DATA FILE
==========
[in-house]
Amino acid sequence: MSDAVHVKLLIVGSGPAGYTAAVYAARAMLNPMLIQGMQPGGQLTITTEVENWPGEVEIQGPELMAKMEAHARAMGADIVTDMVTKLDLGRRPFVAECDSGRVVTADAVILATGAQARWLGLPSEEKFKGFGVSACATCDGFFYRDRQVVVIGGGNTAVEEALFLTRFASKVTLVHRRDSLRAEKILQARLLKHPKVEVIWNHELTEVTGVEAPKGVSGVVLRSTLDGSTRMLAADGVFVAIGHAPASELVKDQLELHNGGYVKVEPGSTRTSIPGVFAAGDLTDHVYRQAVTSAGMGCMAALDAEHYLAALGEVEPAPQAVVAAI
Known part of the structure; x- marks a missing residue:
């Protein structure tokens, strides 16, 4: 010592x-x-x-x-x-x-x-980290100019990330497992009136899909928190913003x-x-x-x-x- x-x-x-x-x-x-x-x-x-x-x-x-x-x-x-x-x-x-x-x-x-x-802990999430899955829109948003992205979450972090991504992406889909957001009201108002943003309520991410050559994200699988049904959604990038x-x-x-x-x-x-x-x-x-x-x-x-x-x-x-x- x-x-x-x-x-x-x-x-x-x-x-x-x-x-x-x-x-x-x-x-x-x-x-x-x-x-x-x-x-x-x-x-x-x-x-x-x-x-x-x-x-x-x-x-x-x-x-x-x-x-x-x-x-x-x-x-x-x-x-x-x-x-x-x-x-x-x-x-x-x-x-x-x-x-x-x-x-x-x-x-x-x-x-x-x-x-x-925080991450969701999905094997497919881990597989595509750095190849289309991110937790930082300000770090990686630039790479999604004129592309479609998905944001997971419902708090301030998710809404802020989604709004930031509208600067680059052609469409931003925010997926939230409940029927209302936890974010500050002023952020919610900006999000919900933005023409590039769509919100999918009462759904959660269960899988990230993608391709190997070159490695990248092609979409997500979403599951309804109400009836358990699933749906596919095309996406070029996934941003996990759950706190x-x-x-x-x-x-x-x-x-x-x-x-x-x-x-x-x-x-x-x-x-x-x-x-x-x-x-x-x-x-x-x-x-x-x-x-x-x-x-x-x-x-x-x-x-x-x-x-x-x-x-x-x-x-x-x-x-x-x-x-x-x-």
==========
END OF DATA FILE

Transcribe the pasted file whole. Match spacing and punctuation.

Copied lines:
[in-house]
Amino acid sequence: MSDAVHVKLLIVGSGPAGYTAAVYAARAMLNPMLIQGMQPGGQLTITTEVENWPGEVEIQGPELMAKMEAHARAMGADIVTDMVTKLDLGRRPFVAECDSGRVVTADAVILATGAQARWLGLPSEEKFKGFGVSACATCDGFFYRDRQVVVIGGGNTAVEEALFLTRFASKVTLVHRRDSLRAEKILQARLLKHPKVEVIWNHELTEVTGVEAPKGVSGVVLRSTLDGSTRMLAADGVFVAIGHAPASELVKDQLELHNGGYVKVEPGSTRTSIPGVFAAGDLTDHVYRQAVTSAGMGCMAALDAEHYLAALGEVEPAPQAVVAAI
Known part of the structure; x- marks a missing residue:
């Protein structure tokens, strides 16, 4: 010592x-x-x-x-x-x-x-980290100019990330497992009136899909928190913003x-x-x-x-x- x-x-x-x-x-x-x-x-x-x-x-x-x-x-x-x-x-x-x-x-x-x-802990999430899955829109948003992205979450972090991504992406889909957001009201108002943003309520991410050559994200699988049904959604990038x-x-x-x-x-x-x-x-x-x-x-x-x-x-x-x- x-x-x-x-x-x-x-x-x-x-x-x-x-x-x-x-x-x-x-x-x-x-x-x-x-x-x-x-x-x-x-x-x-x-x-x-x-x-x-x-x-x-x-x-x-x-x-x-x-x-x-x-x-x-x-x-x-x-x-x-x-x-x-x-x-x-x-x-x-x-x-x-x-x-x-x-x-x-x-x-x-x-x-x-x-x-x-925080991450969701999905094997497919881990597989595509750095190849289309991110937790930082300000770090990686630039790479999604004129592309479609998905944001997971419902708090301030998710809404802020989604709004930031509208600067680059052609469409931003925010997926939230409940029927209302936890974010500050002023952020919610900006999000919900933005023409590039769509919100999918009462759904959660269960899988990230993608391709190997070159490695990248092609979409997500979403599951309804109400009836358990699933749906596919095309996406070029996934941003996990759950706190x-x-x-x-x-x-x-x-x-x-x-x-x-x-x-x-x-x-x-x-x-x-x-x-x-x-x-x-x-x-x-x-x-x-x-x-x-x-x-x-x-x-x-x-x-x-x-x-x-x-x-x-x-x-x-x-x-x-x-x-x-x-």